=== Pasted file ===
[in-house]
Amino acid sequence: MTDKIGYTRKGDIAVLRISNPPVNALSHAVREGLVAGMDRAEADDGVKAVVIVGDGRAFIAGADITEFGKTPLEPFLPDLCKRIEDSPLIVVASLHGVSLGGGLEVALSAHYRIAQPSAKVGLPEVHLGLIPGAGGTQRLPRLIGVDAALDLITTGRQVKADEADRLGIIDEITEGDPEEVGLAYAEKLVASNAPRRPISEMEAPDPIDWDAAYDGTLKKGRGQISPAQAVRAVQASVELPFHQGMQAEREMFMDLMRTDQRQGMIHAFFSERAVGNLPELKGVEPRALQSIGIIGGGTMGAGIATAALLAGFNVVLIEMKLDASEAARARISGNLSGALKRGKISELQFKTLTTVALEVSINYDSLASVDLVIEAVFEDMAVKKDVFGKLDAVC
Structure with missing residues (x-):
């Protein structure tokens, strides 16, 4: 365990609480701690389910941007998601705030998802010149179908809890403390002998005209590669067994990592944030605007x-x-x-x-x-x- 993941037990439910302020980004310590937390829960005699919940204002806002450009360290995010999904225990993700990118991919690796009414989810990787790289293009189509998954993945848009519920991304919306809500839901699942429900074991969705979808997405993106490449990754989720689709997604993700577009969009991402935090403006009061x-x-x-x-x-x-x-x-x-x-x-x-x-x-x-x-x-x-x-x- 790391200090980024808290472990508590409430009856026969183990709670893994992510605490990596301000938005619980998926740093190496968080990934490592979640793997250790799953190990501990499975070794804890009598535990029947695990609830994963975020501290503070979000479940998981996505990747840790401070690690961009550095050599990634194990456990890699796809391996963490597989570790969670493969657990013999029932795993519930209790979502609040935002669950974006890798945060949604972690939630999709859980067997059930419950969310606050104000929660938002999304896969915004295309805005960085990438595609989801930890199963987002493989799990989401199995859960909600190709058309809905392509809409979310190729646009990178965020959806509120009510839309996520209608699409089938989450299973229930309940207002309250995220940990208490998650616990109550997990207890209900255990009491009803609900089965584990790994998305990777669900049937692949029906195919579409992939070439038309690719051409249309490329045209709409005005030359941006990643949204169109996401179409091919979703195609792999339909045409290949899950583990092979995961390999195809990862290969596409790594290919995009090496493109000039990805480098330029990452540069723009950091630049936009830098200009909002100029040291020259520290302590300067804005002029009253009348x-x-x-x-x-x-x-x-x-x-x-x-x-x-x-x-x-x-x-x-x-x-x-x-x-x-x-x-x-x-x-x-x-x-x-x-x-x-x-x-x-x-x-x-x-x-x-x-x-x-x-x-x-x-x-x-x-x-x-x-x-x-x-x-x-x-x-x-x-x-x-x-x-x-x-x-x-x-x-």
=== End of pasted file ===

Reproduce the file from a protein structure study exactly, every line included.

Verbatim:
[in-house]
Amino acid sequence: MTDKIGYTRKGDIAVLRISNPPVNALSHAVREGLVAGMDRAEADDGVKAVVIVGDGRAFIAGADITEFGKTPLEPFLPDLCKRIEDSPLIVVASLHGVSLGGGLEVALSAHYRIAQPSAKVGLPEVHLGLIPGAGGTQRLPRLIGVDAALDLITTGRQVKADEADRLGIIDEITEGDPEEVGLAYAEKLVASNAPRRPISEMEAPDPIDWDAAYDGTLKKGRGQISPAQAVRAVQASVELPFHQGMQAEREMFMDLMRTDQRQGMIHAFFSERAVGNLPELKGVEPRALQSIGIIGGGTMGAGIATAALLAGFNVVLIEMKLDASEAARARISGNLSGALKRGKISELQFKTLTTVALEVSINYDSLASVDLVIEAVFEDMAVKKDVFGKLDAVC
Structure with missing residues (x-):
């Protein structure tokens, strides 16, 4: 365990609480701690389910941007998601705030998802010149179908809890403390002998005209590669067994990592944030605007x-x-x-x-x-x- 993941037990439910302020980004310590937390829960005699919940204002806002450009360290995010999904225990993700990118991919690796009414989810990787790289293009189509998954993945848009519920991304919306809500839901699942429900074991969705979808997405993106490449990754989720689709997604993700577009969009991402935090403006009061x-x-x-x-x-x-x-x-x-x-x-x-x-x-x-x-x-x-x-x- 790391200090980024808290472990508590409430009856026969183990709670893994992510605490990596301000938005619980998926740093190496968080990934490592979640793997250790799953190990501990499975070794804890009598535990029947695990609830994963975020501290503070979000479940998981996505990747840790401070690690961009550095050599990634194990456990890699796809391996963490597989570790969670493969657990013999029932795993519930209790979502609040935002669950974006890798945060949604972690939630999709859980067997059930419950969310606050104000929660938002999304896969915004295309805005960085990438595609989801930890199963987002493989799990989401199995859960909600190709058309809905392509809409979310190729646009990178965020959806509120009510839309996520209608699409089938989450299973229930309940207002309250995220940990208490998650616990109550997990207890209900255990009491009803609900089965584990790994998305990777669900049937692949029906195919579409992939070439038309690719051409249309490329045209709409005005030359941006990643949204169109996401179409091919979703195609792999339909045409290949899950583990092979995961390999195809990862290969596409790594290919995009090496493109000039990805480098330029990452540069723009950091630049936009830098200009909002100029040291020259520290302590300067804005002029009253009348x-x-x-x-x-x-x-x-x-x-x-x-x-x-x-x-x-x-x-x-x-x-x-x-x-x-x-x-x-x-x-x-x-x-x-x-x-x-x-x-x-x-x-x-x-x-x-x-x-x-x-x-x-x-x-x-x-x-x-x-x-x-x-x-x-x-x-x-x-x-x-x-x-x-x-x-x-x-x-």